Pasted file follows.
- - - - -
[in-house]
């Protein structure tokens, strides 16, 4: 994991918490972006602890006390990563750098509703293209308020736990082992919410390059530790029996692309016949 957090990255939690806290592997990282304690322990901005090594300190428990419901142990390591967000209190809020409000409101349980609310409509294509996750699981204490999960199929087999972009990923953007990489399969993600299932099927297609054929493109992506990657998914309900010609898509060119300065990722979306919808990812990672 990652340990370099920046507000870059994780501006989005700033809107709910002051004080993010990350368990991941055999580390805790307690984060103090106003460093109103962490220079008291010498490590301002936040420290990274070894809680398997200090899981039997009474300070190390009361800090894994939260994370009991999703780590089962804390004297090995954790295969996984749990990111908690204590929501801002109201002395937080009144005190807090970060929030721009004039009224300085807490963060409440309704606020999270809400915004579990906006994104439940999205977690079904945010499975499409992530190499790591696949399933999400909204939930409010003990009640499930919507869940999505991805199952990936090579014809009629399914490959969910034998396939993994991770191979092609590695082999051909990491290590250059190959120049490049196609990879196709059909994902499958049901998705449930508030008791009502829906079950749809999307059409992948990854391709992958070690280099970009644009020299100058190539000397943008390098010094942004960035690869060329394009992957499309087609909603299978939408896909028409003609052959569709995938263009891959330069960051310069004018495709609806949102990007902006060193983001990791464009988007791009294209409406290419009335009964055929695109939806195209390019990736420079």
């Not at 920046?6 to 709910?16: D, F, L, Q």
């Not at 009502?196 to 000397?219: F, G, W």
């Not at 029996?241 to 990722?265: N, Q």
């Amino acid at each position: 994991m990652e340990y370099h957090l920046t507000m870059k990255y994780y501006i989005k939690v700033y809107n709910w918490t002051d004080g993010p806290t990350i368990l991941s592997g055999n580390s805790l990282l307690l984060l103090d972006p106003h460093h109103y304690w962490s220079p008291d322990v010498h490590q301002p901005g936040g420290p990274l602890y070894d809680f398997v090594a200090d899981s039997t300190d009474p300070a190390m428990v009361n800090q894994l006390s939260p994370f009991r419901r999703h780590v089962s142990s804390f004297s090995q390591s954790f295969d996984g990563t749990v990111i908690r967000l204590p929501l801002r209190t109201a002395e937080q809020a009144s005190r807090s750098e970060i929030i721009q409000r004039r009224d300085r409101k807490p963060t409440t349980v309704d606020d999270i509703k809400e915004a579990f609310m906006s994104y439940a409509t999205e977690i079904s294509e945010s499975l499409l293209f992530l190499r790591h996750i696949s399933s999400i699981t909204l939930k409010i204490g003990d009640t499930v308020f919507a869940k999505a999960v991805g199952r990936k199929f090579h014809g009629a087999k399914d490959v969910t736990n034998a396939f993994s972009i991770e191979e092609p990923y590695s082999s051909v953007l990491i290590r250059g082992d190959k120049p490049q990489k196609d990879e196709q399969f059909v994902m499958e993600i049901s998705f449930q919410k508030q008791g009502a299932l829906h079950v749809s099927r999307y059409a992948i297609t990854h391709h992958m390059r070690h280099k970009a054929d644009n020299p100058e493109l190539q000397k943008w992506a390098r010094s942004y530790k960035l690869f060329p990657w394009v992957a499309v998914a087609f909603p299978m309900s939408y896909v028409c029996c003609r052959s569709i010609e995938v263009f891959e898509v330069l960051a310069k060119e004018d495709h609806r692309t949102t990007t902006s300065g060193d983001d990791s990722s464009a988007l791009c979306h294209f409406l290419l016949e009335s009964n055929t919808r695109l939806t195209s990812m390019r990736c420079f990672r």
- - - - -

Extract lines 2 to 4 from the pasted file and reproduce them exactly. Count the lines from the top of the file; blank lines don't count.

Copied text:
């Protein structure tokens, strides 16, 4: 994991918490972006602890006390990563750098509703293209308020736990082992919410390059530790029996692309016949 957090990255939690806290592997990282304690322990901005090594300190428990419901142990390591967000209190809020409000409101349980609310409509294509996750699981204490999960199929087999972009990923953007990489399969993600299932099927297609054929493109992506990657998914309900010609898509060119300065990722979306919808990812990672 990652340990370099920046507000870059994780501006989005700033809107709910002051004080993010990350368990991941055999580390805790307690984060103090106003460093109103962490220079008291010498490590301002936040420290990274070894809680398997200090899981039997009474300070190390009361800090894994939260994370009991999703780590089962804390004297090995954790295969996984749990990111908690204590929501801002109201002395937080009144005190807090970060929030721009004039009224300085807490963060409440309704606020999270809400915004579990906006994104439940999205977690079904945010499975499409992530190499790591696949399933999400909204939930409010003990009640499930919507869940999505991805199952990936090579014809009629399914490959969910034998396939993994991770191979092609590695082999051909990491290590250059190959120049490049196609990879196709059909994902499958049901998705449930508030008791009502829906079950749809999307059409992948990854391709992958070690280099970009644009020299100058190539000397943008390098010094942004960035690869060329394009992957499309087609909603299978939408896909028409003609052959569709995938263009891959330069960051310069004018495709609806949102990007902006060193983001990791464009988007791009294209409406290419009335009964055929695109939806195209390019990736420079």
């Not at 920046?6 to 709910?16: D, F, L, Q």
């Not at 009502?196 to 000397?219: F, G, W």